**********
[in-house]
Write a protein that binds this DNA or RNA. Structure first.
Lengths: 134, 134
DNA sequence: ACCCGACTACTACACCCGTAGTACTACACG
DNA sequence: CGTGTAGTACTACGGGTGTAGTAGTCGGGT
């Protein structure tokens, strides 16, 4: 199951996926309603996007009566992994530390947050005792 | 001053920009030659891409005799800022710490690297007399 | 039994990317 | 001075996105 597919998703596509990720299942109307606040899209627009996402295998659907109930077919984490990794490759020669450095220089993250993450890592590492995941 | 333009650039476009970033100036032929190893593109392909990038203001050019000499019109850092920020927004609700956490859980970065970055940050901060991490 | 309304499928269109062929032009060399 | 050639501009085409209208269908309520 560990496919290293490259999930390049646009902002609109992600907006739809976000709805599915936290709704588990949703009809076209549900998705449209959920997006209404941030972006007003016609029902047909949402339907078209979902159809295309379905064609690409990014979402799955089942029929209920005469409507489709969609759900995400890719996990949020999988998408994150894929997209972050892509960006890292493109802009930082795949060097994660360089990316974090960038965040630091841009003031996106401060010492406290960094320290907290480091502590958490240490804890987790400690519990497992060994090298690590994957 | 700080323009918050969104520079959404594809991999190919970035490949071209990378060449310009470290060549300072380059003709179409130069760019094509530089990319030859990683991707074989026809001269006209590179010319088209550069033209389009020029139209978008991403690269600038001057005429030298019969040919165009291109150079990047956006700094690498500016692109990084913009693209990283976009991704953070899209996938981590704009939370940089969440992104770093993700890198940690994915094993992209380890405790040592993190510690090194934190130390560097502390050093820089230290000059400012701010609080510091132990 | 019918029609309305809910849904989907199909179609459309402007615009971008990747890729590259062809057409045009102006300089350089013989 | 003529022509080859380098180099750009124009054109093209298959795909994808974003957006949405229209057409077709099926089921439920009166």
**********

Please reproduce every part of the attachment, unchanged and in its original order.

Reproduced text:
[in-house]
Write a protein that binds this DNA or RNA. Structure first.
Lengths: 134, 134
DNA sequence: ACCCGACTACTACACCCGTAGTACTACACG
DNA sequence: CGTGTAGTACTACGGGTGTAGTAGTCGGGT
């Protein structure tokens, strides 16, 4: 199951996926309603996007009566992994530390947050005792 | 001053920009030659891409005799800022710490690297007399 | 039994990317 | 001075996105 597919998703596509990720299942109307606040899209627009996402295998659907109930077919984490990794490759020669450095220089993250993450890592590492995941 | 333009650039476009970033100036032929190893593109392909990038203001050019000499019109850092920020927004609700956490859980970065970055940050901060991490 | 309304499928269109062929032009060399 | 050639501009085409209208269908309520 560990496919290293490259999930390049646009902002609109992600907006739809976000709805599915936290709704588990949703009809076209549900998705449209959920997006209404941030972006007003016609029902047909949402339907078209979902159809295309379905064609690409990014979402799955089942029929209920005469409507489709969609759900995400890719996990949020999988998408994150894929997209972050892509960006890292493109802009930082795949060097994660360089990316974090960038965040630091841009003031996106401060010492406290960094320290907290480091502590958490240490804890987790400690519990497992060994090298690590994957 | 700080323009918050969104520079959404594809991999190919970035490949071209990378060449310009470290060549300072380059003709179409130069760019094509530089990319030859990683991707074989026809001269006209590179010319088209550069033209389009020029139209978008991403690269600038001057005429030298019969040919165009291109150079990047956006700094690498500016692109990084913009693209990283976009991704953070899209996938981590704009939370940089969440992104770093993700890198940690994915094993992209380890405790040592993190510690090194934190130390560097502390050093820089230290000059400012701010609080510091132990 | 019918029609309305809910849904989907199909179609459309402007615009971008990747890729590259062809057409045009102006300089350089013989 | 003529022509080859380098180099750009124009054109093209298959795909994808974003957006949405229209057409077709099926089921439920009166």